Toronto-based writer Karen Solie, described by Michael Hofmann as ‘the one by whom the language lives’, has done it again. The Caiplie Caves is both an extraordinary and unsettling accomplishment. Solie begins by setting out a brief history of the caves and a description of the book’s protagonist of indecision, St Ethernan. Whilst the caves are still visited today, she tells us, records of St Ethernan are ‘often sketched only briefly, in passing’ so that his story ‘resists a final... [read more]
Even if the details of their adventures vary throughout the eight short stories comprising Nicole Flattery's debut collection, Show Them a Good Time, her protagonists bear a striking resemblance to one another. Not only are they (with one exception) relatively young women from small-town backgrounds – Flattery is 29 and from Kinnegad, Co Westmeath in Ireland – they also share a propensity to float through life like sticks thrown into a stream, barely resisting the things that happen to... [read more]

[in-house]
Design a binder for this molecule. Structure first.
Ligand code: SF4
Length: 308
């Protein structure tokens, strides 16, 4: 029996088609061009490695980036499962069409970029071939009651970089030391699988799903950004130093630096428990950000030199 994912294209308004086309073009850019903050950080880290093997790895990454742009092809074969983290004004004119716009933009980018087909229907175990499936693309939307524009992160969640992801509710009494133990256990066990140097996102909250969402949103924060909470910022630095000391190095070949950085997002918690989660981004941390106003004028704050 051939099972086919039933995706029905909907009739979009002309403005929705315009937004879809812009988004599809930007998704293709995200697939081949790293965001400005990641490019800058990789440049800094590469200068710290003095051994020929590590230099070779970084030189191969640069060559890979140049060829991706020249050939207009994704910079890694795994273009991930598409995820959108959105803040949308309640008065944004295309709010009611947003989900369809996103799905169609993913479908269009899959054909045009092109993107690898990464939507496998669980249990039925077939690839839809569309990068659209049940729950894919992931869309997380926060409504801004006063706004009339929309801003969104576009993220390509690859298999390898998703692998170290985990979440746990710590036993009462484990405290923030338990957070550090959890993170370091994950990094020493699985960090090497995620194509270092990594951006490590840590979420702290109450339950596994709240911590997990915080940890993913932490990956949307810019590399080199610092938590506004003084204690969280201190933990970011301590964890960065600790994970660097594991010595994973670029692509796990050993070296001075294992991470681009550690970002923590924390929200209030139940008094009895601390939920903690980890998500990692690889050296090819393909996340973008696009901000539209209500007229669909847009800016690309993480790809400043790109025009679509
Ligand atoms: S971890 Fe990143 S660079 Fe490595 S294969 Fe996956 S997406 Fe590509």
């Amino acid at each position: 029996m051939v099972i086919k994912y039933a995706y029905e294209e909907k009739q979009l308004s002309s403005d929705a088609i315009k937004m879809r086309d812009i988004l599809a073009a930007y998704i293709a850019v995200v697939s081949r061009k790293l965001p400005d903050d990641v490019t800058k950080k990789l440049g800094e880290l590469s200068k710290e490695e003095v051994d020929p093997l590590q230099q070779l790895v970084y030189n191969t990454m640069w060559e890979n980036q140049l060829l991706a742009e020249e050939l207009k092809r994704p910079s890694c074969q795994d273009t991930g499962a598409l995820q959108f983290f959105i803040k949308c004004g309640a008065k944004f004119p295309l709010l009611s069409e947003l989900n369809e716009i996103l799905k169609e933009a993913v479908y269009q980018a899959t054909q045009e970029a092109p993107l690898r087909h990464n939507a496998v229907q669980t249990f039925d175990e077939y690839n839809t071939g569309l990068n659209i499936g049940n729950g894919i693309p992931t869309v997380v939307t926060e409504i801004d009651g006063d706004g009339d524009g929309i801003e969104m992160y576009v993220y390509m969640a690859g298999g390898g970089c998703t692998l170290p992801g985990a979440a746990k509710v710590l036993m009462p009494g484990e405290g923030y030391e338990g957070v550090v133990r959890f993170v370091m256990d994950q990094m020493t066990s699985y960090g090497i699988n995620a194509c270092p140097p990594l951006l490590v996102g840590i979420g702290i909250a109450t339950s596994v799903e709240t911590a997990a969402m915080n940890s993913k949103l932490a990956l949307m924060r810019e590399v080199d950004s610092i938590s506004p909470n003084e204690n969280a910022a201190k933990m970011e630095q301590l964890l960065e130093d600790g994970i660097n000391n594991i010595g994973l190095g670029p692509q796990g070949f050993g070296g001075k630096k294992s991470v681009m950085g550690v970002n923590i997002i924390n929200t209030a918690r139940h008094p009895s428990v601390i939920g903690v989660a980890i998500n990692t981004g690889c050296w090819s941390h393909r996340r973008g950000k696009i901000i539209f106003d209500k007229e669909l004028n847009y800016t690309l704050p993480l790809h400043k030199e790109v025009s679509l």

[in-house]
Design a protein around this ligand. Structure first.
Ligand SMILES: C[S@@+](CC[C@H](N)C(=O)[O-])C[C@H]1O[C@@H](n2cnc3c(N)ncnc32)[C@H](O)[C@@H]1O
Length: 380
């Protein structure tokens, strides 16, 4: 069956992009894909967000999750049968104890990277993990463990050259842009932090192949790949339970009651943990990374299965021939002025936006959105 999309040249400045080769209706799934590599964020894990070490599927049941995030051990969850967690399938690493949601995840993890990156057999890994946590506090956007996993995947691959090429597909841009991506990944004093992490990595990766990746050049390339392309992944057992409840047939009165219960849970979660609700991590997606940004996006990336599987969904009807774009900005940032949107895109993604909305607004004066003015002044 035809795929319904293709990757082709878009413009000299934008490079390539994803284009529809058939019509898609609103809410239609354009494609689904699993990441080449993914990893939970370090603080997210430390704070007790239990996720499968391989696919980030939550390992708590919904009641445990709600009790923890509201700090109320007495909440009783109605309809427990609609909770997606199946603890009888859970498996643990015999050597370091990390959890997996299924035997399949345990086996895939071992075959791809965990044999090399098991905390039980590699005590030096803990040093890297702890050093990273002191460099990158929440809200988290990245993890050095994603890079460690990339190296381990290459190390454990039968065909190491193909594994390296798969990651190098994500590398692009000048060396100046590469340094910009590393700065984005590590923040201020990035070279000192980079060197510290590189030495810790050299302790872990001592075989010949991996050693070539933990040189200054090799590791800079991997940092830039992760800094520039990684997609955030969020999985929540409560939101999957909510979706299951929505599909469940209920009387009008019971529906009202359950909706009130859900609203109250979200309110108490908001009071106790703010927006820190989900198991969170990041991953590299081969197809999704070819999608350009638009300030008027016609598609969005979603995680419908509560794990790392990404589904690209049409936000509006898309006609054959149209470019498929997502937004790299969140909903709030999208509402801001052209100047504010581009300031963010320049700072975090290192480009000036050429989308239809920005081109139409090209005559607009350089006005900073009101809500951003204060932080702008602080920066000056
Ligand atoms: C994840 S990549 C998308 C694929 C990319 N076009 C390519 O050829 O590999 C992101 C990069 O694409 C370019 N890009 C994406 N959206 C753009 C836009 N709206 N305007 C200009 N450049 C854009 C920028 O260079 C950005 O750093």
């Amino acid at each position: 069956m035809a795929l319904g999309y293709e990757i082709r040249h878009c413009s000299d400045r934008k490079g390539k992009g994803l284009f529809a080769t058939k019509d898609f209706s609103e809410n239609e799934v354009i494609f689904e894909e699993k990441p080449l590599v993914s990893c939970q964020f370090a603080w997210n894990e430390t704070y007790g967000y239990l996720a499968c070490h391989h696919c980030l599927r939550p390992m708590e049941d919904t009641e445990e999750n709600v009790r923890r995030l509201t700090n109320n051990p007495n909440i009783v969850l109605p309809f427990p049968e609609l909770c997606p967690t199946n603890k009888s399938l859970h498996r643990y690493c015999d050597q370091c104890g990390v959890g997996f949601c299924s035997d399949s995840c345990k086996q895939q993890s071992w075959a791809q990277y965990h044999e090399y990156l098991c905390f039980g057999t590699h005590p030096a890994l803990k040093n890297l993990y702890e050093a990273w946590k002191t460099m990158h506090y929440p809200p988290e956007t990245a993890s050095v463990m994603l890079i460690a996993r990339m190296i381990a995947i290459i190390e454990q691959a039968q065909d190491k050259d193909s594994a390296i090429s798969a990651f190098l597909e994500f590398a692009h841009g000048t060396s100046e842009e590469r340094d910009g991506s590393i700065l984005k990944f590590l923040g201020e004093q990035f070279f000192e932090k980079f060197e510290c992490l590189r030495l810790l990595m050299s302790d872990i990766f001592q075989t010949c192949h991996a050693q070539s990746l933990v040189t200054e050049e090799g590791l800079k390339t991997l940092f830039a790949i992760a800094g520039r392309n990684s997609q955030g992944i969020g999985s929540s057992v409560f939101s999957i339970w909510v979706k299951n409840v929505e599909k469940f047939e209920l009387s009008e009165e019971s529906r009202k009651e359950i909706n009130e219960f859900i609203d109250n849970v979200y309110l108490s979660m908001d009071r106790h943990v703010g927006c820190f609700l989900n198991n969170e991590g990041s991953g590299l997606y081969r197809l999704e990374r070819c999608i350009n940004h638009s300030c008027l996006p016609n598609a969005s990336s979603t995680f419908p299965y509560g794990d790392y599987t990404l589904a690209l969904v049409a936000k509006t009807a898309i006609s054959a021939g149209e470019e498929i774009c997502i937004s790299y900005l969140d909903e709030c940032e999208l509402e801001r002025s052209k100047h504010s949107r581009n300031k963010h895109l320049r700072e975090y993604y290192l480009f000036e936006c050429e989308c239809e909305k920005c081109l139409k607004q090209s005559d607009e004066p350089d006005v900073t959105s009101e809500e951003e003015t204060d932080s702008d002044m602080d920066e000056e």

Donatella Della Ratta, Shooting a Revolution: Visual Media and Warfare in Syria
reviewed by Giovanni Vimercati
Unlike many accounts of what Western commentators referred to as the ‘Arab Springs’ and the creative insurgency that chronicled and simultaneously fuelled them, Shooting a Revolution: Visual Media and Warfare in Syria refrains from the acritical celebration of the alleged power of social media to undermine authoritarian regimes. Rather than simply a skeptical dismissal of the role grassroots media played in the Syrian uprising, Donatella Della Ratta has produced an in-depth study of its... [read more]